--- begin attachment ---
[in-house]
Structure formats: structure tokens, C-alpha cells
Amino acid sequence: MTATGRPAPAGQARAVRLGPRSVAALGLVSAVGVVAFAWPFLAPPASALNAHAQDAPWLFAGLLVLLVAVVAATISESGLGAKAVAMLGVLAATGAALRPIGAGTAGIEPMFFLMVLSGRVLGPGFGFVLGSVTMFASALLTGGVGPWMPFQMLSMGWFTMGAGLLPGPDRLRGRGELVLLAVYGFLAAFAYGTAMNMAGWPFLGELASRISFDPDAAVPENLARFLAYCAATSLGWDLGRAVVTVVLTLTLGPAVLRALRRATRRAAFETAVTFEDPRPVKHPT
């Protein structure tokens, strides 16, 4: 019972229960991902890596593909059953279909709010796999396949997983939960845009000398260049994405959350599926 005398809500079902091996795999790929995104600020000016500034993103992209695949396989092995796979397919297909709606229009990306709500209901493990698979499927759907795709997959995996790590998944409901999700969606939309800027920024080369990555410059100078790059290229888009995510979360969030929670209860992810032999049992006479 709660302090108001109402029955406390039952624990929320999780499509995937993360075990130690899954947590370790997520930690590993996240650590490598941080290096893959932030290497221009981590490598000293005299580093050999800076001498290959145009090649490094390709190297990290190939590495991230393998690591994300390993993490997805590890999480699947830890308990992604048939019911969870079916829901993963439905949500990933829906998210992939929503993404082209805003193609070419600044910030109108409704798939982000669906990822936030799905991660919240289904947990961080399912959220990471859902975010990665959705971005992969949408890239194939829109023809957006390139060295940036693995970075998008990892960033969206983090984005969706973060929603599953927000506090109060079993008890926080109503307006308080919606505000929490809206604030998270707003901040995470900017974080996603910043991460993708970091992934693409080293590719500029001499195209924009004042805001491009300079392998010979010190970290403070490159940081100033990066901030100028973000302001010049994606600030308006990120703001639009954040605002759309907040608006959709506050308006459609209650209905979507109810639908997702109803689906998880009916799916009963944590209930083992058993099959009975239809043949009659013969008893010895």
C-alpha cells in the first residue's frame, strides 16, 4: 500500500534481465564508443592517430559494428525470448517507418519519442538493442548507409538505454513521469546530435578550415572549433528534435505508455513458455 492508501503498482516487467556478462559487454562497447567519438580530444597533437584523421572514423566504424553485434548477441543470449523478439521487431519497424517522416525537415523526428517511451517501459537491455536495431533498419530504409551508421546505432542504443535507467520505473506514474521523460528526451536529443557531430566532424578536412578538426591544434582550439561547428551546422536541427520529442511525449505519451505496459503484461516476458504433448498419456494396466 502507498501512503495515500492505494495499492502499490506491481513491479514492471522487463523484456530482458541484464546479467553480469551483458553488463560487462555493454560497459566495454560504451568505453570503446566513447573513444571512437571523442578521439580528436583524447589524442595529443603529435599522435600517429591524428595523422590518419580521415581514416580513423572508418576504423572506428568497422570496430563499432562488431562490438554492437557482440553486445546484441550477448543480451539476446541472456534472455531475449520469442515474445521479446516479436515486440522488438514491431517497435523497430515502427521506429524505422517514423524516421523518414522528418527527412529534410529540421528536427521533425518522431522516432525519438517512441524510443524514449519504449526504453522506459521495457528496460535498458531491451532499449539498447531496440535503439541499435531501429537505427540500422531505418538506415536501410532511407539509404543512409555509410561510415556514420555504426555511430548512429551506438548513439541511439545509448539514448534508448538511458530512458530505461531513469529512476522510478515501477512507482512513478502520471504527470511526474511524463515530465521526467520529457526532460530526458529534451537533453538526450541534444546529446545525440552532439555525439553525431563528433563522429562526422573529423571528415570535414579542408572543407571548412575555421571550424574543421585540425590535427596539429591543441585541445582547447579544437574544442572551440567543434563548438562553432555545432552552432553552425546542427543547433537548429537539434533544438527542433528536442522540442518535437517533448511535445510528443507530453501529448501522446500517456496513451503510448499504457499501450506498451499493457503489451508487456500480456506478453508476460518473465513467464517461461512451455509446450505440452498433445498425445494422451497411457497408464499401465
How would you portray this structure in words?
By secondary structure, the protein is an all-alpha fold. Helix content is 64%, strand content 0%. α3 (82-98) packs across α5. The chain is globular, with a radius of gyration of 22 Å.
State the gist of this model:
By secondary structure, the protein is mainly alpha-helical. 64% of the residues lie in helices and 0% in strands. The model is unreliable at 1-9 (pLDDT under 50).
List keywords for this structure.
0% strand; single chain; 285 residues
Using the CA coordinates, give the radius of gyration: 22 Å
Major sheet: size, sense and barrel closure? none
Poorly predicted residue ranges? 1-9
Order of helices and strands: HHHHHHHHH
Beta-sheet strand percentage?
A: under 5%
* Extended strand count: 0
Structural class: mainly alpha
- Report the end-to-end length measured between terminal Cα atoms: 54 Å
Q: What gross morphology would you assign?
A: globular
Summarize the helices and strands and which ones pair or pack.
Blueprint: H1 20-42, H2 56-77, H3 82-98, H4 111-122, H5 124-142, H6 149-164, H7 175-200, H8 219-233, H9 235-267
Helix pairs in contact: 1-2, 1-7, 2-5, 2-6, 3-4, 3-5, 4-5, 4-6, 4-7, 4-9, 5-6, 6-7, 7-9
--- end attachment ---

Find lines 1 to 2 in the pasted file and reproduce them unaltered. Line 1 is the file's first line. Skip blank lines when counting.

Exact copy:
[in-house]
Structure formats: structure tokens, C-alpha cells